Understanding the Gifts of Autism Can Be Wonderful for Us All
I have been working almost exclusively with children on the spectrum for the last 14 years of my 40-year career as a pediatric occupational therapist. Part of my job is to help identify which children fit the criteria of someone with autism.
Although no two children are alike, and children with autism are no exception, the syndrome has a few obvious red flags that can be anywhere from mild to profound. These trademarks have to do with their lack of interest or inability to be socially engaged and to communicate, their need for order and consistency and their sensory sensitivities.
At first, my goal as a therapist was to “fix” them, to increase their social awareness, to integrate their sensory system, to encourage language and make them more like everyone else.
But as the years passed and the number of children enlarged, my awareness also grew. I still see ways to be helpful but now I see the many gifts of autism and how people on the spectrum serve an important role just the way they are; in fact, precisely the way they are.
The first way has to do with their love of the computer. Although many children love screen time, it is often common for a child on the spectrum to be particularly quick on finding his/her way around a computer. It’s not unusual for therapists and parents to use “computer time” as an incentive; the reward given after their children do a required task. It’s called the “If…Then” technique. If you do this, Then you can do this. For some children it’s toys or treats, for children on the spectrum it is almost always the iPad.
This makes me think of people whose job is working for long hours on their computers in small cubicles with limited time for social interaction. Many kids on the spectrum would love that job! Innovative ideas, analysis computation, data compiling can come out of people willing to spend hours focused on their computer. We need people with these skills and many people on the spectrum who prefer order and consistency naturally have them.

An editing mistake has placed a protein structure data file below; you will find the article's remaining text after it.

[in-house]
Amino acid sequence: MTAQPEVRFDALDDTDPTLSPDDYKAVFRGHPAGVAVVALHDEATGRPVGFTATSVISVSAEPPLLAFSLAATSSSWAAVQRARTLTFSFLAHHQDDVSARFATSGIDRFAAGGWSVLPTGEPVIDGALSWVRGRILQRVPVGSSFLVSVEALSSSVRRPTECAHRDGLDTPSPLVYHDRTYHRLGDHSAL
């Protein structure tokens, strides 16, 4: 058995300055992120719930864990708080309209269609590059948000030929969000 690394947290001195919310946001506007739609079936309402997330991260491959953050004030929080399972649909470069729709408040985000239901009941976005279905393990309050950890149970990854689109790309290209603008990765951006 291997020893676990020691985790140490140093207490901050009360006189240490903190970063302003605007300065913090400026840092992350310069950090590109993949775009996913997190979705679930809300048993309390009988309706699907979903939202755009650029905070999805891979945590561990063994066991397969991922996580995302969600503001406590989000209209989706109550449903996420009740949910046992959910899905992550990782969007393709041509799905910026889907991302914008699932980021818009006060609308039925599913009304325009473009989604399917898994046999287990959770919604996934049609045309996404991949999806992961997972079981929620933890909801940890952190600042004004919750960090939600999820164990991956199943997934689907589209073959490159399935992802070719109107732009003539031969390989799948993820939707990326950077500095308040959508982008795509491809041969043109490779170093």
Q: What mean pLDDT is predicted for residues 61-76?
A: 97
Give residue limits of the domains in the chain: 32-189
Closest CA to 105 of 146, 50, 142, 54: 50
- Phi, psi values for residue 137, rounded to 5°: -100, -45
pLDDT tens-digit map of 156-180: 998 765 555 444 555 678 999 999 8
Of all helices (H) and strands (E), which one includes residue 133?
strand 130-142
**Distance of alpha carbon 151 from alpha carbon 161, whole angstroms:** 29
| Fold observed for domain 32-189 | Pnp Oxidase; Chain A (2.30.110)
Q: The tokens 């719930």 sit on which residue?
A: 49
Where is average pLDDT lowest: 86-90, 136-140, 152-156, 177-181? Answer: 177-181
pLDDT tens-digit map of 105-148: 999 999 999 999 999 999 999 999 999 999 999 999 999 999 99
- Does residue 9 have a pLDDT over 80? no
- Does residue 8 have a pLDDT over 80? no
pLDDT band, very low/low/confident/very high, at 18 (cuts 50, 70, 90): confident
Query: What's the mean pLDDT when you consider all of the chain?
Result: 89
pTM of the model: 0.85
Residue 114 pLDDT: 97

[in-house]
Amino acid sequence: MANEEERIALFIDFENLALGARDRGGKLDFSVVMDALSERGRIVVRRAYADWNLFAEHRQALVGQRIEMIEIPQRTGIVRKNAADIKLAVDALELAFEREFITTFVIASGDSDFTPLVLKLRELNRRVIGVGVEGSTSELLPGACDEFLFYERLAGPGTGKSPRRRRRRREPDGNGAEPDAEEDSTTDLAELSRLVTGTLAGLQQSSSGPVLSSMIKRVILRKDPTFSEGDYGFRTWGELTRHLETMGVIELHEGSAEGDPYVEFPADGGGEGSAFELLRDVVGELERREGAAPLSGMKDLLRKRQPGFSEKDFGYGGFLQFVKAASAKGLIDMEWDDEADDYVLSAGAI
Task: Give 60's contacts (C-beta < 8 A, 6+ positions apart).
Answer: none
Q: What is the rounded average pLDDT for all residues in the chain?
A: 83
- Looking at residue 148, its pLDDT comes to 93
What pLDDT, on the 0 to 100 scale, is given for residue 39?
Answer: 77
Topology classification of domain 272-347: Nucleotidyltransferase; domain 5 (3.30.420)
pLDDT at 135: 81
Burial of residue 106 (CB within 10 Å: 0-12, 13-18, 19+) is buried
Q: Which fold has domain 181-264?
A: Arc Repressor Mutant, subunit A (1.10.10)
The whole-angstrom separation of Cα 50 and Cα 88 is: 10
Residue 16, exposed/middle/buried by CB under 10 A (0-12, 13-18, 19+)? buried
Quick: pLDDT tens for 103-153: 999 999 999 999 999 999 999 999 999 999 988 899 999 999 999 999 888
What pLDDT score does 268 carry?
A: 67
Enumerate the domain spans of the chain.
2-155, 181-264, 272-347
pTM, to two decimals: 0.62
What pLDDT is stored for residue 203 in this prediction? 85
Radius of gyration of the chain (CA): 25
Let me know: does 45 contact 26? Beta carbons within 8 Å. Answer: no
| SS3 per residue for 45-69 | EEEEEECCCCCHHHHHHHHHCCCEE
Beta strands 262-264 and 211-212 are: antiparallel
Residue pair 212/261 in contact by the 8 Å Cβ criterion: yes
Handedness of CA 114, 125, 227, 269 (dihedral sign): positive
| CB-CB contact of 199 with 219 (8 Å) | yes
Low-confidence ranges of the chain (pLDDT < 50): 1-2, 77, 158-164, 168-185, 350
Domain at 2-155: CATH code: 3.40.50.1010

I’ve noticed that children diagnosed with autism are often more skilled at noticing details from a very early age. Children I have worked within Head Start Pre-school Centers are almost consistently ahead of the curve on their ability to know colors and shapes and to identify letters and numbers. Their social skills are often underactive but not their academic ones. This makes it difficult when they go on to elementary school and teachers may not have the time to individualize their lesson and they are being taught something they already know. It’s frustrating to go over and over something already known when novelty and intellectual stimulation are what’s needed. Boredom leading to behavior problems is understandable.
Not People Pleasers
Some people diagnosed with autism are faulted because they aren’t noticing what others feel and there is truth to having some difficulty reading body language and verbal cues. But I can see that as a good thing! What I see is that they are NOT people pleasers. As someone who grew up with the conditioning that nothing was more important than being popular and getting people to like you, I envy their disregard for my opinion. Doing their own thing has a higher priority than doing my thing. We could all gain from learning to be a little less concerned about people pleasing and more concerned about zeroing in on what is interesting to our own unique self.
Many of the adults who have the Asperger’s form of autism call themselves “Aspies” and there is an Aspie Pride Movement. Aspies are typically extremely well-versed in subjects we might think of as esoteric. I know a kid who knew everything there was to know about elephants in Africa and it turns out there’s a lot. Albert Einstein, Wolfgang Amadeus Mozart and Lewis Carroll are thought to have been “Aspies.” I can imagine the highly intelligent and esoteric conversations Aspies must have and suspect they see us non-Aspies as less fortunate. Just as deaf people using animated sign language with expressive facial features may pity the often flat deliveries of the rest of us.